In January 2018, we posted this article on Timely Disclosure, “Bringing Your Annual Meeting into the Digital Age”. Virtual annual meetings have become highly relevant in light of the Coronavirus or COVID-19 pandemic. Shareholders may well be reluctant to attend annual meetings; numerous public companies are examining measures they can take so that COVID-19 does not spread, including eliminating public events.
In our 2018 article, we noted that the Canada Business Corporations Act (CBCA) and provincial corporate statutes provide a legal framework for a traditional shareholders’ meeting, that is, a “physical meeting” attended by shareholders, and for a “virtual meeting”, in which all shareholders participate entirely by electronic means. We noted that a traditional physical meeting is often a lost opportunity to maximize shareholder participation. On the other hand, a virtual meeting, available only online, presents technical issues, notably with respect to registration of shareholders as well as voting and speaking during the meeting, all of which entail additional costs.
In light of the COVID-19 situation, a “hybrid” annual meeting, that is, a substantially scaled-down physical meeting with a webcast of the proceedings, provides corporations with a cost-effective means of complying with their legal obligations and supporting shareholder engagement, while substantially reducing, if not eliminating, physical interaction among participants. The corporation can issue press releases encouraging shareholders to vote by proxy prior to the annual meeting and directing them (and others) to the corporation’s website or other platform, where they will be able to access the webcast of the meeting and submit questions in writing through the webcasting platform. As we identified in 2018, the only people who have to be present at the meeting are, for quorum purposes, one or more proxy holders, depending on the specific requirements of the corporation’s by-laws; the chairperson and secretary of the meeting (both of whom can be proxyholders); and a scrutineer (typically from the corporation’s transfer agent and registrar), in short, as few as three people. While registered shareholders and proxyholders have the legal right to attend a hybrid meeting in person, the corporation can encourage them by way of press release and other communications to view the meeting online, in accordance with the recommendations of Canadian public health authorities.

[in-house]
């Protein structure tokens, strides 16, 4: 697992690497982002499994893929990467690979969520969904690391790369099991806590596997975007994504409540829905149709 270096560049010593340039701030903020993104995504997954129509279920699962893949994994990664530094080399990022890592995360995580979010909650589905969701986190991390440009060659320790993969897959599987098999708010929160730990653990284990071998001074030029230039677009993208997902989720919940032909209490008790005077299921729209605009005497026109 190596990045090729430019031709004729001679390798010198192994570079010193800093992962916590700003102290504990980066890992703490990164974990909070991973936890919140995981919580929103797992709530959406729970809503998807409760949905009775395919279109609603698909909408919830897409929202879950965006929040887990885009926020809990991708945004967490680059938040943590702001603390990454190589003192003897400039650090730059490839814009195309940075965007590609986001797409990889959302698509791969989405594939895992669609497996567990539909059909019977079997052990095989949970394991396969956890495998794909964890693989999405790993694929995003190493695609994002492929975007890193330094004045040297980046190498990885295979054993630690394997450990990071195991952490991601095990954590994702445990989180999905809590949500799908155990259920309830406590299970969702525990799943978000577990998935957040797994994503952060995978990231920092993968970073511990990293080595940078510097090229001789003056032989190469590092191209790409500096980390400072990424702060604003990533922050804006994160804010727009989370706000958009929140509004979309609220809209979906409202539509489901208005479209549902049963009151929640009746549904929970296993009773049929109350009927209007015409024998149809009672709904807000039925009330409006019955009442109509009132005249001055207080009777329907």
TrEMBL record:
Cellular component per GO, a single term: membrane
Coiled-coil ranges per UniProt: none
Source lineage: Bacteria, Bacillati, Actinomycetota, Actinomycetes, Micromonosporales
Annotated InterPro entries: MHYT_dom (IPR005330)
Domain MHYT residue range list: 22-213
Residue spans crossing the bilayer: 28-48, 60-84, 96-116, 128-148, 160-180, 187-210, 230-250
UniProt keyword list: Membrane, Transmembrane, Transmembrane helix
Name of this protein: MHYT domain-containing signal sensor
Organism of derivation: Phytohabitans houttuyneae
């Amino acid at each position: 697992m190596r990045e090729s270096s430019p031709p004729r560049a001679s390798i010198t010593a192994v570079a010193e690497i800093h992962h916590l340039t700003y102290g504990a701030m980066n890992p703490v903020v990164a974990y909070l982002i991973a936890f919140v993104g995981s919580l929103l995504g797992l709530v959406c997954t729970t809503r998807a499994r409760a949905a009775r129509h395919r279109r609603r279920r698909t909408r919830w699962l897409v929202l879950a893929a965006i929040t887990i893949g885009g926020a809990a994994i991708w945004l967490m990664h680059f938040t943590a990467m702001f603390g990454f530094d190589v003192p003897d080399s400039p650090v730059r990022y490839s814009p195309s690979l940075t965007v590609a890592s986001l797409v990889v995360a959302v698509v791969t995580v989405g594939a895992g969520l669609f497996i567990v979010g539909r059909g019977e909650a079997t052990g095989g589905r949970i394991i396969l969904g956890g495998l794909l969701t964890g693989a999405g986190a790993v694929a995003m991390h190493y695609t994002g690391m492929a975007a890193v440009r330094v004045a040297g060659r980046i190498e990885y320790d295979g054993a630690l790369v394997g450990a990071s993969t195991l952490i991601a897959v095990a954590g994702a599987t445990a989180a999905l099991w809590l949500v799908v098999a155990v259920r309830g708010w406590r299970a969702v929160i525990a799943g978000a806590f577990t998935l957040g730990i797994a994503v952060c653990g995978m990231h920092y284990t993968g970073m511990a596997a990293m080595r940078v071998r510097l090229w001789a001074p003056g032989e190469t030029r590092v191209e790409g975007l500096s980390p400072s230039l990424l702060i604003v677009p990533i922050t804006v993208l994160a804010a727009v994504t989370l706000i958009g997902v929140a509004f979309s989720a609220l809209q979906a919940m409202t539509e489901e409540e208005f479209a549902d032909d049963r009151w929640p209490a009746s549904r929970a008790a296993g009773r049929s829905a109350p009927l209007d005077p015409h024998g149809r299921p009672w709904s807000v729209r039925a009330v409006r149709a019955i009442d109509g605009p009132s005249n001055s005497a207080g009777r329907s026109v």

In the 2018 article, we discussed whether the webcast of the meeting should be made available to shareholders only, or to everyone. If one objective of an annual meeting is to raise the corporation’s profile in the investment community, our view is that the meeting should be open to all.
At a time when “self-isolation” has become a common term, we believe that hybrid or virtual annual meetings will be accepted, if not welcomed, by shareholders and the investment community. As we wrote in 2018, as technology improves, as it inevitably will, virtual annual meetings of Canadian public companies will become more prevalent and eventually the norm. COVID-19 is accelerating that process.
For those issuers who want to better understand virtual meetings, Timely Disclosure will post an article addressing the technical issues involved in holding a virtual meeting.